• The Philippines is among the countries most vulnerable to climate change, and at the same it is one of the most relevant countries in terms of preserving biodiversity. It faces a range of multidimensional risks at the intersection of environmental and human security, and across the two functional areas of DRR and environmental protection explored in this study. These risks interact in a way that continues to increase the vulnerability of Filipinos to the human security consequences of the changing climate.
  • Environmental harms, such as pollution, illegal logging and mining, and violations of existing legislation are sometimes inextricably linked with community livelihoods, especially of indigenous peoples and those depending on agricultural livelihoods. Even if law enforcement in this area is strengthened, harm to the environment is unlikely to cease without a focus on creating alternative, sustainable options for income generation.
  • Strengthening environmental governance is also crucial because of the strong links between harm to the environment, corruption and organised criminal activities, including transboundary activities such as illegal, unreported and unregulated fishing, smuggling of resources and waste dumping.
  • A variety of civilian and security sector agencies are involved in DRR and combating environmental crime, with mandates that are not always entirely clear or distinct. Moreover, when it comes to issuing environmental licences and permits (for mining, logging, construction, etc), it is not always clear which agency’s licensing takes precedence over the other.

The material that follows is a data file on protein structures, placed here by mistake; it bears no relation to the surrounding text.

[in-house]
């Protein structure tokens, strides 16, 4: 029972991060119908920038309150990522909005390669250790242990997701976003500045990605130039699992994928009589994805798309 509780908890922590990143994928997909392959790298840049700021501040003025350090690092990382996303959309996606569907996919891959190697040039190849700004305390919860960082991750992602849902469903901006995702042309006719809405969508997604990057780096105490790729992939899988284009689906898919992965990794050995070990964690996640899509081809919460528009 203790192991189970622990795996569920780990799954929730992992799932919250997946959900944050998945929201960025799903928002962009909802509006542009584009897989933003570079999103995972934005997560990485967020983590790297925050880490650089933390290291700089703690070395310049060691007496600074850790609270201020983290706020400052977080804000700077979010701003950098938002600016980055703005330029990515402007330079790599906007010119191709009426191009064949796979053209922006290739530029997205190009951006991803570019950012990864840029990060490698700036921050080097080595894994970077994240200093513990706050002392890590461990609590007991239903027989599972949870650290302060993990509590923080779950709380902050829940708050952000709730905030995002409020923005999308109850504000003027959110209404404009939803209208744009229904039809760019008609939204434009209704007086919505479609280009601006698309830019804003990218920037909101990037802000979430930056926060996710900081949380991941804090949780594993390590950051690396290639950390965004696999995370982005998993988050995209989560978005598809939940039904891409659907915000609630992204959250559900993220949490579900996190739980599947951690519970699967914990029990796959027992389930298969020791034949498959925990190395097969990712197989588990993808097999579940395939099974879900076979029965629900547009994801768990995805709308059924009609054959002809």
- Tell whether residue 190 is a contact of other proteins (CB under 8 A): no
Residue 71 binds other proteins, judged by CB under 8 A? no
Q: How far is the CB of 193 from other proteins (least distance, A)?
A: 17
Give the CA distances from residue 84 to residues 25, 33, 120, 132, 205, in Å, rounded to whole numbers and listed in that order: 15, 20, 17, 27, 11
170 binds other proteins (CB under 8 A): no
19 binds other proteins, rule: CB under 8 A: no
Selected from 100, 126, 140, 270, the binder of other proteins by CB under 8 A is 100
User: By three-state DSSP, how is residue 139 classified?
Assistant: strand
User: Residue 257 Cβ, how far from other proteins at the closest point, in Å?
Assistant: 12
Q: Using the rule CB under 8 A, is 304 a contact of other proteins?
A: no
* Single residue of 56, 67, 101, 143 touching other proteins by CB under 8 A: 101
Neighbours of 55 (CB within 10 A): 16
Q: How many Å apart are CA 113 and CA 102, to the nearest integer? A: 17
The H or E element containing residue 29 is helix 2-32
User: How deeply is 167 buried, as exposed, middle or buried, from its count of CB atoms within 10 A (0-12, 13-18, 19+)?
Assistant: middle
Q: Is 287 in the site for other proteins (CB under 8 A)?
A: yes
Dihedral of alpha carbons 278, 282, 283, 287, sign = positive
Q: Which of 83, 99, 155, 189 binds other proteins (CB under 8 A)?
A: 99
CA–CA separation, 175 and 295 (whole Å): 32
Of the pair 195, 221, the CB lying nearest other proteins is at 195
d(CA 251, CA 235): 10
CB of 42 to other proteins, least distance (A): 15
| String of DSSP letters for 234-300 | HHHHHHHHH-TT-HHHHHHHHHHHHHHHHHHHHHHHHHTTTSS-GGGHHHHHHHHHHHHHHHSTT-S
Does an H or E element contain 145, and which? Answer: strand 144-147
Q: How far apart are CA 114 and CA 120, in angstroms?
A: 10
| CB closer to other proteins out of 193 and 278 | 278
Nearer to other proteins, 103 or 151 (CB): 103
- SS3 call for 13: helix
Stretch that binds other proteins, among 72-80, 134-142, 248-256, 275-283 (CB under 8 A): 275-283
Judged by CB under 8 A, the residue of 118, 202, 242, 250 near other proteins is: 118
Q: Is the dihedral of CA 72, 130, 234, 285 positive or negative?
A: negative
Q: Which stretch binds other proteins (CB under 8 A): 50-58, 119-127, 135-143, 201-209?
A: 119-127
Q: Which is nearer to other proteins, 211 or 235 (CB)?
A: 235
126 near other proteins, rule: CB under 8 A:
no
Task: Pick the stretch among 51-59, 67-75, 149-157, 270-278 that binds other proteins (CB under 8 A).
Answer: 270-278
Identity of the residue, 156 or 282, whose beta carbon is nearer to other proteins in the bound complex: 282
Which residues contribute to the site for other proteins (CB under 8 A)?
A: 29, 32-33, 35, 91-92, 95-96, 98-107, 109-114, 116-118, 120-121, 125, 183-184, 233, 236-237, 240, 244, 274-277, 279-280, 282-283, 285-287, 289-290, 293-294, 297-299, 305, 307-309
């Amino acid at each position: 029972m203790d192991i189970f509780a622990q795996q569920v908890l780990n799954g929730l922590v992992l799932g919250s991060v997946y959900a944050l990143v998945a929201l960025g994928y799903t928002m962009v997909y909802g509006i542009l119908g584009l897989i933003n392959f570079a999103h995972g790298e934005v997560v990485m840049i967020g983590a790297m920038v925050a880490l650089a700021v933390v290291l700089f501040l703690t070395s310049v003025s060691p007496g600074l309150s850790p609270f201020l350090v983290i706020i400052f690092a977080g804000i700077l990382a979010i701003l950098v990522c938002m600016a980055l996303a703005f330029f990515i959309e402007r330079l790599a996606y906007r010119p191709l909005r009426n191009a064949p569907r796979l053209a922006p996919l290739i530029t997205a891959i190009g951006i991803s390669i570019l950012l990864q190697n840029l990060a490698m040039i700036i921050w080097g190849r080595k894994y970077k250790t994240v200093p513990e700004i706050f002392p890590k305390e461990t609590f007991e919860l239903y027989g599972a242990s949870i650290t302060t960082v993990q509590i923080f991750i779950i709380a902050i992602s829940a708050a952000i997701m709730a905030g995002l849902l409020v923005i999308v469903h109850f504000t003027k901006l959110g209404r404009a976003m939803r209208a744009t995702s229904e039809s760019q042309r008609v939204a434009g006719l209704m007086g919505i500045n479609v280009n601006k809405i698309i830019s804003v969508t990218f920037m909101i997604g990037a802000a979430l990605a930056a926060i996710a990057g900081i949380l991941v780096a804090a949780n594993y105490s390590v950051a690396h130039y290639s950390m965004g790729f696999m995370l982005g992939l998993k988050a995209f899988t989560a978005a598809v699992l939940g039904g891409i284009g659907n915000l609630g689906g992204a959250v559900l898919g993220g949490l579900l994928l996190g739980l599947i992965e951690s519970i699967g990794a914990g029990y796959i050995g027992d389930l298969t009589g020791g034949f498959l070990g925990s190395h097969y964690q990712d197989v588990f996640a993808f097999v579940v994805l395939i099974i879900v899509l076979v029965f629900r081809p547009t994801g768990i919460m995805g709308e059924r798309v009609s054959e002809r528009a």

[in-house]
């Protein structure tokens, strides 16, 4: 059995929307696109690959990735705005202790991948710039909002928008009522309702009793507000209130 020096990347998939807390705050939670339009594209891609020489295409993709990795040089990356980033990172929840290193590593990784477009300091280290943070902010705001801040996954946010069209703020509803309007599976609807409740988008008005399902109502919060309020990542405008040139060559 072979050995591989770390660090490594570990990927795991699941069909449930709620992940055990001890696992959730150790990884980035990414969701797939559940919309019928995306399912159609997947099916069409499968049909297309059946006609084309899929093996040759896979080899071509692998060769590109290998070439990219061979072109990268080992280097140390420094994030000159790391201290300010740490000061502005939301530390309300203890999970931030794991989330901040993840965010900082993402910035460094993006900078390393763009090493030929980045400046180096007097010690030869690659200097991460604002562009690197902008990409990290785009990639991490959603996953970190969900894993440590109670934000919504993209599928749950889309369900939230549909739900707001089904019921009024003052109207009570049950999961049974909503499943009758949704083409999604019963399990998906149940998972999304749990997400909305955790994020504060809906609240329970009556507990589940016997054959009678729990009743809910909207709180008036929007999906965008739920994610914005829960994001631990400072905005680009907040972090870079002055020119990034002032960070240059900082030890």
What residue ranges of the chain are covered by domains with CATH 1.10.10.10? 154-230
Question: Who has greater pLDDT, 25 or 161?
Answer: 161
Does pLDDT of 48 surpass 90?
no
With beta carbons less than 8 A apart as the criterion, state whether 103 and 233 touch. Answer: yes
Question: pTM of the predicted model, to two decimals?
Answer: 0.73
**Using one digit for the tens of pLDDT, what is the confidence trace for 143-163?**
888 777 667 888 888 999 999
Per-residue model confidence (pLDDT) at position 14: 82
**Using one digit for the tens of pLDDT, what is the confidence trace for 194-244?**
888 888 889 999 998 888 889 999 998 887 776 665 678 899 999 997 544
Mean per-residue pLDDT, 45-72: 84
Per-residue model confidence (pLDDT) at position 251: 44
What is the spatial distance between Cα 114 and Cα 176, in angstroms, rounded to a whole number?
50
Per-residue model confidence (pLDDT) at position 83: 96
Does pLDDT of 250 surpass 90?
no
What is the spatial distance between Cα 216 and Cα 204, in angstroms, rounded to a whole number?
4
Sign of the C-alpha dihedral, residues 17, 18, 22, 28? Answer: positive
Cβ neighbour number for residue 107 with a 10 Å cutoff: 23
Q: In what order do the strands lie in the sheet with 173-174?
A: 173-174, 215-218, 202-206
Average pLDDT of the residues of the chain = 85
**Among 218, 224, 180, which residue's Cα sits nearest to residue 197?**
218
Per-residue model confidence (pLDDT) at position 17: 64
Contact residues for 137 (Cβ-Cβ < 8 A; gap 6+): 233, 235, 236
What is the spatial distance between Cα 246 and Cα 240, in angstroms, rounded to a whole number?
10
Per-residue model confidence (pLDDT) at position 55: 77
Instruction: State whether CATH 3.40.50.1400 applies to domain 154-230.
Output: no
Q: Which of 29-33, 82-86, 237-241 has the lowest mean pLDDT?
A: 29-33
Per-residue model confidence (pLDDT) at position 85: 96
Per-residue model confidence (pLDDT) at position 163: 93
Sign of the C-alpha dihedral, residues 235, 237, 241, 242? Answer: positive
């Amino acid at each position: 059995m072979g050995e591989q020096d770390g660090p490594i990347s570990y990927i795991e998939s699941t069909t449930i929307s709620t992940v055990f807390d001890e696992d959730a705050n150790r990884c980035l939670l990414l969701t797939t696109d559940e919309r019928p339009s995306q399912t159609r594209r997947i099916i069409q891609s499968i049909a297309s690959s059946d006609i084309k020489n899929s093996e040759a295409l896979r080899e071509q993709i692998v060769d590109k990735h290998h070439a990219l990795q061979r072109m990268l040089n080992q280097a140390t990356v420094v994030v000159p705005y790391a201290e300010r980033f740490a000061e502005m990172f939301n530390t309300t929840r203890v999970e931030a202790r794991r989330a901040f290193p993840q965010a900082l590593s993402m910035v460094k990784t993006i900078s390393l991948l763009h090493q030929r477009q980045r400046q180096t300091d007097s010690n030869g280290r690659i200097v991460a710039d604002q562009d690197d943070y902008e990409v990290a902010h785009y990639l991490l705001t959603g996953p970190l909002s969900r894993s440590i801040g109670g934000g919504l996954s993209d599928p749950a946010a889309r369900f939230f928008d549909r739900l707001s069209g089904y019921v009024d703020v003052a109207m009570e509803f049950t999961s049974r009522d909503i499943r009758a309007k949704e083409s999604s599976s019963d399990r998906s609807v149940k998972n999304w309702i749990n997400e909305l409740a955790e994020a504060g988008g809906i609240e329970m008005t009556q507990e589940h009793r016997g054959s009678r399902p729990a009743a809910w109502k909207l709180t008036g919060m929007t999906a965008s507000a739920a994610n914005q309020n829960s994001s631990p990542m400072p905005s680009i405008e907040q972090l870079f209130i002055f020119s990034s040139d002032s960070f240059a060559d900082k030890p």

• While challenges around natural resource management and corruption remain, particularly in the Mindanao peace process, there are several promising entry points for environmental peacebuilding. Examples include the transformation of decommissioned rebels into forest and guards of fishing grounds in the disarmament, demobilisation and reintegration (DDR) process, security sector agencies proactively working with communities on fostering climate-smart livelihoods, simultaneously building trust and countering extremist narratives, and community-based environmental protection actors such as forest and guards of fishing grounds.

This is the executive summary, click here to read the recommendations and full report by the Geneva Centre for Security Sector Governance (DCAF). 

Photo credit: Flickr / Hyunwoo Sun